Residents in the foothill communities of Glendora and Azusa were working feverishly to comply with mandatory evacuation orders issued amid fears that heavy rains Friday could send mud and debris flowing into their neighborhoods.
Authorities have said that more than 1,000 homes are threatened by a possible mudslide and that the evacuations are being ordered as a precaution.
Many Glendora residents planned to abide by the orders, but not all. Among them, 75-year-old Fred Bernhardt. Wearing a gray sweatshirt with USA across the front, plaid pajamas and slippers, the 30-year resident stood in his driveway as his neighbors packed up.
Just after noon, a Glendora police officer drove by his house at the end of cul-de-sac on Englewild Drive announcing the evacuation orders.
"You guys leaving!?" Bernhardt shouted to his neighbors.
"Yeah, was thinkin' about it," Chris Grattan, 35, said as he loaded belongings into his wife's minivan. "I just think it's best for the kiddos a little bit, ya know? Get to visit their grandma."
"Im not goin'," Bernhardt said to himself as he watched his neighbors pack. "We've never had any problems."
In Glendora, residents north of Sierra Madre Avenue between Yucca Ridge Road and Glendora Mountain Road must evacuate. In Azusa, the order applies to residents on Ridge View Drive. Both areas are situated below the Colby fire burn area, which denuded hillsides of rock- and dirt-holding vegtation.
In January, the wildfire burned 1,900 acres and destroyed five homes and damaged seven others.
Glendora City Manager Chris Jeffers said the risk is even greater now because there are 70% to 80% more structures in the danger zone than in 1969 and 90% of the hillside vegetation was burned.
Residents like Susan Paulus remember all too well the destruction that can be caused by flowing debris. She recalled the massive muslides of 1969 that came after a wildfire the year before. The mudflows destroyed 200 homes and killed 34 people.
"When I was young, it was towels under the doors," she said as crews around her off-loaded concrete barriers known as K-rails along the curb. "In '69, they weren't ready for it."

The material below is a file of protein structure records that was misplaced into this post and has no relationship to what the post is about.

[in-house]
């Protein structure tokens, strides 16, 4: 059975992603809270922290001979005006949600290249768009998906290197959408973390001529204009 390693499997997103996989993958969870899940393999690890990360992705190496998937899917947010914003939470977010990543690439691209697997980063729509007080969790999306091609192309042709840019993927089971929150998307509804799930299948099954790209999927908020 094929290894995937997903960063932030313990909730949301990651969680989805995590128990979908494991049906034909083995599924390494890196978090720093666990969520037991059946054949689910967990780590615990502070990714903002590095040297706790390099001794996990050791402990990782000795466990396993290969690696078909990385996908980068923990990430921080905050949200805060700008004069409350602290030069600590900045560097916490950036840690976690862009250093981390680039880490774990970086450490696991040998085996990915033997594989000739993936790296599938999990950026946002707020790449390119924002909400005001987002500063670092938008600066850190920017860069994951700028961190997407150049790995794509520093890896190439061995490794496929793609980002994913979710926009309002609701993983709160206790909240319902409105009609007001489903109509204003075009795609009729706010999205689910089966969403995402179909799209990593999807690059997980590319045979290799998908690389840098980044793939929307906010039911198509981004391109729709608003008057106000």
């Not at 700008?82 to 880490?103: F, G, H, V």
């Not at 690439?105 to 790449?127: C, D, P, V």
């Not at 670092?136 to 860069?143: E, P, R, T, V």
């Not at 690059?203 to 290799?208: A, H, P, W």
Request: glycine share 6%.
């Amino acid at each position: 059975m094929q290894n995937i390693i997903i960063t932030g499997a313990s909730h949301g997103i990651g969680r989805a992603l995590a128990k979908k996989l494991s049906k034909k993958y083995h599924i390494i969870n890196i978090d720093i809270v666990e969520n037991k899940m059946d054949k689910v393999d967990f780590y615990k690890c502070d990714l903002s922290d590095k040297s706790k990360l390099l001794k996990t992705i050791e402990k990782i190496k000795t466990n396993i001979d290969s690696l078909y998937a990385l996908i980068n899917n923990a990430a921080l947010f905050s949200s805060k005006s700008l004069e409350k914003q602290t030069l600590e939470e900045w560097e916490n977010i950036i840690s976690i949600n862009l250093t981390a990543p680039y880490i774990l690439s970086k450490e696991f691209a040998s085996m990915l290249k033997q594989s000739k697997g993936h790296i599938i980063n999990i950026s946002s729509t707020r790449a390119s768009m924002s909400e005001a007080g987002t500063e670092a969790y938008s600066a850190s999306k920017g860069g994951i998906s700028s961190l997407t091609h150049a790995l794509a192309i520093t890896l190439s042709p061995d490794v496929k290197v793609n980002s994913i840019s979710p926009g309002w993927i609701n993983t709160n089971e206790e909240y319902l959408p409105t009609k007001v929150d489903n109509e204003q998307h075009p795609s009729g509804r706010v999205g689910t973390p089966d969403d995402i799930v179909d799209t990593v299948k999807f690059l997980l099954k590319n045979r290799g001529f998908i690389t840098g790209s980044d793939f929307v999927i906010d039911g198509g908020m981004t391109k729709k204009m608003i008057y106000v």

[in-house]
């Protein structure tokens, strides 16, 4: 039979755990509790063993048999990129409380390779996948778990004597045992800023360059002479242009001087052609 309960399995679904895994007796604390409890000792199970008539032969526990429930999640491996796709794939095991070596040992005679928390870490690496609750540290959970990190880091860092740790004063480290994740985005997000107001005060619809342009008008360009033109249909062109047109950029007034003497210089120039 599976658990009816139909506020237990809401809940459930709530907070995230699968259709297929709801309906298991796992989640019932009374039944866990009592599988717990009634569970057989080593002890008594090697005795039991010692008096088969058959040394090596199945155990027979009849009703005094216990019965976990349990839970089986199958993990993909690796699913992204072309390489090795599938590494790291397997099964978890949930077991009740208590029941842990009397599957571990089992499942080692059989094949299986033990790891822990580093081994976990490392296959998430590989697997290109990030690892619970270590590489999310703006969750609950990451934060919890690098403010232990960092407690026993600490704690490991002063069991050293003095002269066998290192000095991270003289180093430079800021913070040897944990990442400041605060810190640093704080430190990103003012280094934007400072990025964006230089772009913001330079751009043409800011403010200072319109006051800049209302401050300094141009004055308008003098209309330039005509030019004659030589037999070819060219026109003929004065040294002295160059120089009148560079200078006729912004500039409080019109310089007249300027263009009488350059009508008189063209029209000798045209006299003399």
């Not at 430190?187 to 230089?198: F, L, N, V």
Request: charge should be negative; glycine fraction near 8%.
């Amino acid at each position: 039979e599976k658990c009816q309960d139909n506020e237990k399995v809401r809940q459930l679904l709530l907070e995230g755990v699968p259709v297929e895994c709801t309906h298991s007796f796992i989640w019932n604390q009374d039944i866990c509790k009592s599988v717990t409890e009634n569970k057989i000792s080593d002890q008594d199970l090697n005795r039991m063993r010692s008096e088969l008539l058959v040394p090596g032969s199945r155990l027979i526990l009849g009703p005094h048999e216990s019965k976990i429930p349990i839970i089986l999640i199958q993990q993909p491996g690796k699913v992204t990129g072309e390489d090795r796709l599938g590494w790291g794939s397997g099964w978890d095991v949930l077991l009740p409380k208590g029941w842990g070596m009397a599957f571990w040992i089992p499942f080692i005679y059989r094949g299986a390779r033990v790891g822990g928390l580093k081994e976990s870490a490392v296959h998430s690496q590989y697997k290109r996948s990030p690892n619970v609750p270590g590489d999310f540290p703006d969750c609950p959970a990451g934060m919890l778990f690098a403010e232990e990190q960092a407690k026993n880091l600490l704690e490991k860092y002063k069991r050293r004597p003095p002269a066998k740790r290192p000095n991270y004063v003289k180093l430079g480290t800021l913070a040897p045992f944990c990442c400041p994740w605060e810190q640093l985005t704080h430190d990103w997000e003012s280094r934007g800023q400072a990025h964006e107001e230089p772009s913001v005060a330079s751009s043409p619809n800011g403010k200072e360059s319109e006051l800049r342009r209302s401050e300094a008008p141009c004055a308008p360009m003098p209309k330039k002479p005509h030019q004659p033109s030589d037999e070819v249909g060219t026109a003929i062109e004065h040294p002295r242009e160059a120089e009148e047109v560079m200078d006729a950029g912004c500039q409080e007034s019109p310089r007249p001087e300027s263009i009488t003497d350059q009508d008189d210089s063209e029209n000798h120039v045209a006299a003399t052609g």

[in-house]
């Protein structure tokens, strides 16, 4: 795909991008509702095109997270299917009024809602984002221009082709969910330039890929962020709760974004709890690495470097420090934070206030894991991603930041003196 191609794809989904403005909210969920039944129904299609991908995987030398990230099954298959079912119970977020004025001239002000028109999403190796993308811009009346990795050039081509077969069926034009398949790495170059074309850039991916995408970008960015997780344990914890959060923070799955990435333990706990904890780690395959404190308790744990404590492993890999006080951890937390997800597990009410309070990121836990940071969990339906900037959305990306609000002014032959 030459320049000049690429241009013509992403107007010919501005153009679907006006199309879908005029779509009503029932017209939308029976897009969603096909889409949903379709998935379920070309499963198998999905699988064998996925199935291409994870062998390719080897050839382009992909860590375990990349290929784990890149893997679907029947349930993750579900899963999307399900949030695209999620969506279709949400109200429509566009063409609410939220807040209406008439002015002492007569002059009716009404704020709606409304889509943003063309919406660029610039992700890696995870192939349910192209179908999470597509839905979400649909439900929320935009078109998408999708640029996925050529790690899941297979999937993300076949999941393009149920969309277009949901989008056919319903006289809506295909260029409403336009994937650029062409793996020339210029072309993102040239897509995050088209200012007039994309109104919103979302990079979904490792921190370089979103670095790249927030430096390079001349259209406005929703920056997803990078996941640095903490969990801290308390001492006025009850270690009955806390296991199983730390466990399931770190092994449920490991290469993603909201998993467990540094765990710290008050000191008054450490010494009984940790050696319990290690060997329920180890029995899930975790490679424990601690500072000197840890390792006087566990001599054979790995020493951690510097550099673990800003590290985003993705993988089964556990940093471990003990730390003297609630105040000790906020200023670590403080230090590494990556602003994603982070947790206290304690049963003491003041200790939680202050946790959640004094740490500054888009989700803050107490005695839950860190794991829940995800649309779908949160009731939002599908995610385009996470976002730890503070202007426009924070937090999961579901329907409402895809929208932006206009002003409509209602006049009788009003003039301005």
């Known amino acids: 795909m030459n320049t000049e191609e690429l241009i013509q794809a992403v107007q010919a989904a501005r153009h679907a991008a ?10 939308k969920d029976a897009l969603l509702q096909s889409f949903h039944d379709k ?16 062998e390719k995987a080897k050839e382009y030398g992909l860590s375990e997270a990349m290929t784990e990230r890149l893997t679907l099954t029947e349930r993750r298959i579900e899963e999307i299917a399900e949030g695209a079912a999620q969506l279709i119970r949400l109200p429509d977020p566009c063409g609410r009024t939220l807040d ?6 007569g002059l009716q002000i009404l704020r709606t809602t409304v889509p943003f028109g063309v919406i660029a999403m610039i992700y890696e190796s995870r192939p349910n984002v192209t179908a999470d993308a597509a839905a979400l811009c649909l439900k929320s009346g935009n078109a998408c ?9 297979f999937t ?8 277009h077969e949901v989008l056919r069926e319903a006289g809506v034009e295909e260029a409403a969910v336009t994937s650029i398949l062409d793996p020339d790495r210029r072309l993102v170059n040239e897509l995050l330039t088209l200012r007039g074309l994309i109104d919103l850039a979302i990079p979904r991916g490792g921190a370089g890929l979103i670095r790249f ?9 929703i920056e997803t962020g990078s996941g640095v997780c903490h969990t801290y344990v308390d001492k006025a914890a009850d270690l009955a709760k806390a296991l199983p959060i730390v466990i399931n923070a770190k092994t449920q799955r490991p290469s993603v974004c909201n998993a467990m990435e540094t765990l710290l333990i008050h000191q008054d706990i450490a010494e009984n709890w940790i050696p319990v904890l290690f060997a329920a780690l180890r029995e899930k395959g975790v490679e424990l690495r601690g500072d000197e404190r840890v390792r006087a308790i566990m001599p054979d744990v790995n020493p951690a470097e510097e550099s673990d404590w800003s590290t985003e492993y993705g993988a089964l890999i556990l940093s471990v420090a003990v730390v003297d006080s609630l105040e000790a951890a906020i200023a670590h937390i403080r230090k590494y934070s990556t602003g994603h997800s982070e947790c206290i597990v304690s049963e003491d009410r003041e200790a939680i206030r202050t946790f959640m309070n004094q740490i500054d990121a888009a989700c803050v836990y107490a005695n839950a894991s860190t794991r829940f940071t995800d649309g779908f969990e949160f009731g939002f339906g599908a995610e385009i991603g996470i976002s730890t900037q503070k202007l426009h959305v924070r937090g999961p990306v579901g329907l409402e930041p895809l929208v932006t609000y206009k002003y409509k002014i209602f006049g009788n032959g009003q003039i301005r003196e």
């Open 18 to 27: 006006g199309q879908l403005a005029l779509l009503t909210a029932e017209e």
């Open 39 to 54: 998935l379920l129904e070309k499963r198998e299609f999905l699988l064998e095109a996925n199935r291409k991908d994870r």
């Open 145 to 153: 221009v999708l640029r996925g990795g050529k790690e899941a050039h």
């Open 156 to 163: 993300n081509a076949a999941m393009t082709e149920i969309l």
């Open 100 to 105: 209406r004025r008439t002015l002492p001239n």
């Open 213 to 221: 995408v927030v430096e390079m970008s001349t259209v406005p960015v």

This time, however, city officials are hoping for a different outcome.
Workers have been erecting K-rails to direct the flow of any mud and debris that comes down from the Colby fire burn area. In Glendora, the vulnerable area is a roughly three-mile stretch from the city's western border to Loraine Avenue, encompassing about 1,000 homes.
In the Colby fire, some residents ignored warnings and stayed behind to try to beat back flames. But Police Chief Tim Staab urged residents to heed the evacuation orders issued Thursday.
“I understand that when there’s fires, you want to stay behind to try and fight it with a hose,” he said. “However, with mudflow, there’s just nothing you can do. And you put yourself in danger.... It may sound overly cautious on our part, but we just want to make sure everyone’s safe.”
The Grattans said they preferred to play it safe, unlike their elder neighbor. The couple's two daughters, ages 3 and 4, were heading to the grandmother's house in La Verne.
The stronger of two storms is expected to bring the potential for heavy rain through Saturday, with 1 to 3 inches of rain in the coasts and valleys and 3 to 6 inches of rain in the foothills and mountains. Forecasters say thunderstorms are also possible, with damaging winds, small hail and even weak tornadoes possible.
"I feel like we'll be OK, but...you'd feel kind of foolish if something did happen," Grattan said.
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